What we know from 2003-2004
The impact of the COVID-19 outbreak is showing early signs of some similarities in 2003, where;
- Consumers cut spend on luxuries, outside entertainment and leisure activities.
- Lowers “on-the-go” impulse buying
- Full service restaurants only able to offer take-away.
- Supermarkets and convenience stores showed a significant increase in sales.
- Culinary and instant food categories showed a noticeable sales increase due to consumer stockpiling.
- Consumers increased their purchase of household and personal cleaning products.
- Consumer spending moved, to a large degree, online (we predict more so in 2020 as increased quarantine measure have been put in place compared to SARS).
- Retail purchases were mainly from (neighbourhood) supermarkets.
- A buyers’ market for media – lower media costs.
- Less competitive messaging and marketplace “noise”.
- Brands who pulled out of media entirely had to spend more in the long run to gain consumer share of mind.
What’s happening today?
- Accelerated growth in food delivery apps and fresh food delivery services.
- Increase in at home entertainment including, news, videos, streaming, gaming and family time.
- Brands offering free content online and through apps to help consumers through isolation.
- Sharp drop in travel and tourism.
- Increased self-education through online education services usage as schools are shut and, people seek to fill their time.
- Less use of Public Transport.
News viewing has increased across all formats.
Online news seen significant increases.
Time spent on news digital sites and apps has increased 29% in March, compared to the same period in February.
Nielsen have profiled a considerable shift in time spent on news sites amongst 18-29 year olds: nearly doubling over the course of the previous 4 weeks – up to 93%. Older Australians up 28%.
Consumer device usage has shifted with desktop usage outpacing smartphone usage for the first time in a long time as the working populous shifts to WFH.
Traffic to News Corp Australia’s sites has almost doubled over the L7D and sales of the newspaper have increased, with subscriptions up 21% compared to the same week in the previous year.
- Locally, after seeing trends in FTA TV viewing decline, in recent weeks FTA TV overall viewing is up 10%+, with a lift of 15%+ seen during the day.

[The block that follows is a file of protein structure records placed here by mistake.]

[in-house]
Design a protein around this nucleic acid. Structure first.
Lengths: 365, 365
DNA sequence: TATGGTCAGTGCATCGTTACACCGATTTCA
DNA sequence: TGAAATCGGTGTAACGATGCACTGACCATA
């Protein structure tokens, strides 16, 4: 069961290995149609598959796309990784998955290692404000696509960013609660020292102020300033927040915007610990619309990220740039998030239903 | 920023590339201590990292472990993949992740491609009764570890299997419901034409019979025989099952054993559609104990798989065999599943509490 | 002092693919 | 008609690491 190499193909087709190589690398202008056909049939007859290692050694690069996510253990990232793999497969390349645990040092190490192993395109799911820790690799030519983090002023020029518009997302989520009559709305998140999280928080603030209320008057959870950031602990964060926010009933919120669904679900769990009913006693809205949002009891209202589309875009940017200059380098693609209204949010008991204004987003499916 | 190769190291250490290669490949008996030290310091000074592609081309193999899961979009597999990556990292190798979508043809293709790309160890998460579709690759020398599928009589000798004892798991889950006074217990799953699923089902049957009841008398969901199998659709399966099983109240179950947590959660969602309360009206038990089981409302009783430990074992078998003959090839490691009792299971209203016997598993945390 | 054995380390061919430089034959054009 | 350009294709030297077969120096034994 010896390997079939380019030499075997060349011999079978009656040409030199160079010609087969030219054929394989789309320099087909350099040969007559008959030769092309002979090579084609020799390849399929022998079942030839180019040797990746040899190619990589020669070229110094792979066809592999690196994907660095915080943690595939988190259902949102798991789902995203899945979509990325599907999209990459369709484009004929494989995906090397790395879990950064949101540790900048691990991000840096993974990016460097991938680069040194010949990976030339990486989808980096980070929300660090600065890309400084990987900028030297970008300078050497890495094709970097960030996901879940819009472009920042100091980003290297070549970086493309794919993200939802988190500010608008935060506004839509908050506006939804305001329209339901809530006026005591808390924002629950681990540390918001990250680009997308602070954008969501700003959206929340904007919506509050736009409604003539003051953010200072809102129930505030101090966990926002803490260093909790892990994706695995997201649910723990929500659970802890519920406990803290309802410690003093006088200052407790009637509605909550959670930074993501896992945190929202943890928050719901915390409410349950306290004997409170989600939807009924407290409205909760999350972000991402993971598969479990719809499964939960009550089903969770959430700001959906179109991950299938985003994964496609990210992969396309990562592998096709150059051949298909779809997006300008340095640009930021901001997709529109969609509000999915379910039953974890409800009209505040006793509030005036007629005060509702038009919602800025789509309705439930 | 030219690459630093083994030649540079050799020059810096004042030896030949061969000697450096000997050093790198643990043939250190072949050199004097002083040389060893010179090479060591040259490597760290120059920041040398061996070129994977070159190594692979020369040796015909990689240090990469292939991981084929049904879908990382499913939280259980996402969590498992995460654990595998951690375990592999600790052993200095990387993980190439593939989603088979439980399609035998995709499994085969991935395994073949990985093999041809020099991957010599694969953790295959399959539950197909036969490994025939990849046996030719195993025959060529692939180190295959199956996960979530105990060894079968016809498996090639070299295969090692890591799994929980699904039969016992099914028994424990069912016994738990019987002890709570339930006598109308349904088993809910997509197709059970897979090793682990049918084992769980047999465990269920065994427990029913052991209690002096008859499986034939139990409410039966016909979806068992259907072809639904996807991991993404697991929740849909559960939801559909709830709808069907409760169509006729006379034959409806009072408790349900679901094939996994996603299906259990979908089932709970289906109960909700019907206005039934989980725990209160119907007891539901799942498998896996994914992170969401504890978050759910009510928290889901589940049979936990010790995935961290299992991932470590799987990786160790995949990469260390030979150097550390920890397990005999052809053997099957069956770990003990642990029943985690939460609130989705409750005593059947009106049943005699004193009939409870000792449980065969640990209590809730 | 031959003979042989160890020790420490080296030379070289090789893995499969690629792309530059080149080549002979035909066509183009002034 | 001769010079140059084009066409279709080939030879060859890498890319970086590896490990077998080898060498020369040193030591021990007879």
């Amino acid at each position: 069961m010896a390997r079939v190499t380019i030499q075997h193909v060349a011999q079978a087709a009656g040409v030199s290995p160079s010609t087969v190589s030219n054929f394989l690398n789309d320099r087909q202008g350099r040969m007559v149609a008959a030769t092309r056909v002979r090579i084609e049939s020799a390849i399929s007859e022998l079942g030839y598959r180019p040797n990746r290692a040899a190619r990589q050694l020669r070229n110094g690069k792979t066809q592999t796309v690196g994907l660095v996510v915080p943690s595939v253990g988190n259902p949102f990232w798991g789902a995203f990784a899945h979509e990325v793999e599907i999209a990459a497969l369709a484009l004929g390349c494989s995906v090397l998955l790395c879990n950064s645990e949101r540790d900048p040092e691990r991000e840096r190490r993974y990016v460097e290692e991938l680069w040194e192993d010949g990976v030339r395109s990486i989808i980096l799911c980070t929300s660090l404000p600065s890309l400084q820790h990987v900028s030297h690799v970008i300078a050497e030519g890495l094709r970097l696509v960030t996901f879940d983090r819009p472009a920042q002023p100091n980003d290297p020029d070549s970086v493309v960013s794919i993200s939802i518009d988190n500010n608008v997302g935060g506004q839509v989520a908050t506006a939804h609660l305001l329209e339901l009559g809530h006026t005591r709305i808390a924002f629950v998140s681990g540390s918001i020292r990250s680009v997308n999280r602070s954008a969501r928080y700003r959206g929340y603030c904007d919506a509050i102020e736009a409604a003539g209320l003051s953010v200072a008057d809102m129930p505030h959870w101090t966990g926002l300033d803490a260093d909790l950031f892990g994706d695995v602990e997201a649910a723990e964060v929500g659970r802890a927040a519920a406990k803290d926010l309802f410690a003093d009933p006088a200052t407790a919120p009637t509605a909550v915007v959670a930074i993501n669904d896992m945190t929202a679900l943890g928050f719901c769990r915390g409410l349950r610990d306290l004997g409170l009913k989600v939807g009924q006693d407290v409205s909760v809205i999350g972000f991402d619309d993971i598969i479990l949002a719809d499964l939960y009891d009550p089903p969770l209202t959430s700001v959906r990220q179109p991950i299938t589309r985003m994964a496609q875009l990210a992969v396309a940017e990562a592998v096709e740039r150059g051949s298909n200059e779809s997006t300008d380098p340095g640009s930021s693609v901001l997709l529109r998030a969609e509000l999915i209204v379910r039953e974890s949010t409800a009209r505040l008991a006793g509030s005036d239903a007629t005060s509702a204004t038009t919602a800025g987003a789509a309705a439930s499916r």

- ABC News Channel has seen some of its largest audience share in its history.
- The top 4 programs of the L7D were all news bulletins.
- Foxtel has been forced to open up increased content to subscribers to try and stop the cancellation of subscriptions after the suspension of sporting seasons which particularly threatens streaming service Kayo.
- Foxtel faces competition from Netflix and Stan with subscriber’s base declines of approx. 5% from September 2019 through to end the year.
- Foxtel subscribers will have access to all drama, entertainment, lifestyle, documentaries, kids and on-demand content.
Consumers are turning to entertainment content as an escape
Entertainment options are shifting. The reliance on SVOD services has accelerated.
- Film studios and streaming platforms have been experimenting with the timing of new cinema releases on big screen versus fast tracking to small screen for some time, with the traditional 3 month cinema release window becoming shorter and shorter.
- Film studios are weighing up the options of delaying releases or releasing new titles to streaming platforms with a higher price tag i.e. – Premium Video On Demand (PVOD). Studios generally pocket approximately 80% of PVOD income, with the remaining going to the streaming platforms.
- Will audiences continue to pay for a home-style theatrical cinema experience in a post COVID-19 world?
Around the world people have been turning to radio for updates and entertainment
- Globally 28% are listening to more radio than that prior to COVID-19 outbreak and 42% say that radio has helped them cope with the impact of the pandemic on their lives. (Nielsen US custom study march, 2020)
- Locally radio audiences are growing across the board, with some networks reporting that 10%+ of their audience is listening to more radio than they were pre COVID-19.
- Over the past week in Australia there had been a 20% list in radio app users on mobiles, 22% list on TSL onto radio apps on mobile, 26% in podcast downloads, and 30% lift in news podcasts downloads.
- Streaming radio is seeing record numbers. NOVA entertainment have reported listeners are actively seeking them out, with a 250% increase in Google searches.
- This mirrors global trends – in the UK the BBC & Global radio have seen online radio listening increase by 16%.
Paykel Media’s research team are available for further information. Contact us today.